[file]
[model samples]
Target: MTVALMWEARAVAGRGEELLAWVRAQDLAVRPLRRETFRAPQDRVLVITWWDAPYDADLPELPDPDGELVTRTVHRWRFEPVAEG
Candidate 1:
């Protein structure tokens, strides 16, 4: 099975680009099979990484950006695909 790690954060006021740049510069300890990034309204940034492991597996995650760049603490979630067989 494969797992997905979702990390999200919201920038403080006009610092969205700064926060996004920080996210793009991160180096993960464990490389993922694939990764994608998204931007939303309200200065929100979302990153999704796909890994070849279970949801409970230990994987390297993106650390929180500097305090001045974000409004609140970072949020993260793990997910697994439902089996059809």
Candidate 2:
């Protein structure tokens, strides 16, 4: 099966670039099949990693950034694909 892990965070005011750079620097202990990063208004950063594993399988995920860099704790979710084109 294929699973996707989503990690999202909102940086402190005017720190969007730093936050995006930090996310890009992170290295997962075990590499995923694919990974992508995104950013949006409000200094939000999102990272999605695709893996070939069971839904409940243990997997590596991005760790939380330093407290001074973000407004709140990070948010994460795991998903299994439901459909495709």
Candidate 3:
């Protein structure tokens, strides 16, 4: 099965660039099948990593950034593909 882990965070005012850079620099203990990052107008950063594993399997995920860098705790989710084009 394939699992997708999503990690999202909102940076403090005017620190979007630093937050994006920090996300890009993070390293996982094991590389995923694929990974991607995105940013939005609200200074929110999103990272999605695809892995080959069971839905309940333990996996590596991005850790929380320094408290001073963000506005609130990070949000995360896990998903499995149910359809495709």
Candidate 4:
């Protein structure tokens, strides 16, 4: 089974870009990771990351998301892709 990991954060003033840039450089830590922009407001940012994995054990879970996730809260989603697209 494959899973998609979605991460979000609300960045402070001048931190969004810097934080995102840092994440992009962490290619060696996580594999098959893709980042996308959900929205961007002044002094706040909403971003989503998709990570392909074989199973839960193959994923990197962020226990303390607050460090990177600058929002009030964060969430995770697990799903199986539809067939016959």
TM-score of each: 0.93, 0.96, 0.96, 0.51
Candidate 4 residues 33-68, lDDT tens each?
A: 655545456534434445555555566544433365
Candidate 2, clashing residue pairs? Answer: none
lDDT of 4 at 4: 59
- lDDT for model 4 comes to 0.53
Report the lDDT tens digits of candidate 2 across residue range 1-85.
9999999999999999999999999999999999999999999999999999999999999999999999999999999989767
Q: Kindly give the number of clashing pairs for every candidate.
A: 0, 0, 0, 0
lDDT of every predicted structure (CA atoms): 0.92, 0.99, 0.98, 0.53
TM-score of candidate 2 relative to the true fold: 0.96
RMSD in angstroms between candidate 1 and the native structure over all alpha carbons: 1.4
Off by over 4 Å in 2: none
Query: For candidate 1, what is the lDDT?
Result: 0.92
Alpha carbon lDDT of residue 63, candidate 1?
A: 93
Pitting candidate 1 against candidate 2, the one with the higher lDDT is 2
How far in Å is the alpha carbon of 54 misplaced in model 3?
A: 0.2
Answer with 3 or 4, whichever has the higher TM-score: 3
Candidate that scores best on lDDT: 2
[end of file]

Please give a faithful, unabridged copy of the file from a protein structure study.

[model samples]
Target: MTVALMWEARAVAGRGEELLAWVRAQDLAVRPLRRETFRAPQDRVLVITWWDAPYDADLPELPDPDGELVTRTVHRWRFEPVAEG
Candidate 1:
């Protein structure tokens, strides 16, 4: 099975680009099979990484950006695909 790690954060006021740049510069300890990034309204940034492991597996995650760049603490979630067989 494969797992997905979702990390999200919201920038403080006009610092969205700064926060996004920080996210793009991160180096993960464990490389993922694939990764994608998204931007939303309200200065929100979302990153999704796909890994070849279970949801409970230990994987390297993106650390929180500097305090001045974000409004609140970072949020993260793990997910697994439902089996059809």
Candidate 2:
């Protein structure tokens, strides 16, 4: 099966670039099949990693950034694909 892990965070005011750079620097202990990063208004950063594993399988995920860099704790979710084109 294929699973996707989503990690999202909102940086402190005017720190969007730093936050995006930090996310890009992170290295997962075990590499995923694919990974992508995104950013949006409000200094939000999102990272999605695709893996070939069971839904409940243990997997590596991005760790939380330093407290001074973000407004709140990070948010994460795991998903299994439901459909495709």
Candidate 3:
């Protein structure tokens, strides 16, 4: 099965660039099948990593950034593909 882990965070005012850079620099203990990052107008950063594993399997995920860098705790989710084009 394939699992997708999503990690999202909102940076403090005017620190979007630093937050994006920090996300890009993070390293996982094991590389995923694929990974991607995105940013939005609200200074929110999103990272999605695809892995080959069971839905309940333990996996590596991005850790929380320094408290001073963000506005609130990070949000995360896990998903499995149910359809495709």
Candidate 4:
């Protein structure tokens, strides 16, 4: 089974870009990771990351998301892709 990991954060003033840039450089830590922009407001940012994995054990879970996730809260989603697209 494959899973998609979605991460979000609300960045402070001048931190969004810097934080995102840092994440992009962490290619060696996580594999098959893709980042996308959900929205961007002044002094706040909403971003989503998709990570392909074989199973839960193959994923990197962020226990303390607050460090990177600058929002009030964060969430995770697990799903199986539809067939016959």
TM-score of each: 0.93, 0.96, 0.96, 0.51
Candidate 4 residues 33-68, lDDT tens each?
A: 655545456534434445555555566544433365
Candidate 2, clashing residue pairs? Answer: none
lDDT of 4 at 4: 59
- lDDT for model 4 comes to 0.53
Report the lDDT tens digits of candidate 2 across residue range 1-85.
9999999999999999999999999999999999999999999999999999999999999999999999999999999989767
Q: Kindly give the number of clashing pairs for every candidate.
A: 0, 0, 0, 0
lDDT of every predicted structure (CA atoms): 0.92, 0.99, 0.98, 0.53
TM-score of candidate 2 relative to the true fold: 0.96
RMSD in angstroms between candidate 1 and the native structure over all alpha carbons: 1.4
Off by over 4 Å in 2: none
Query: For candidate 1, what is the lDDT?
Result: 0.92
Alpha carbon lDDT of residue 63, candidate 1?
A: 93
Pitting candidate 1 against candidate 2, the one with the higher lDDT is 2
How far in Å is the alpha carbon of 54 misplaced in model 3?
A: 0.2
Answer with 3 or 4, whichever has the higher TM-score: 3
Candidate that scores best on lDDT: 2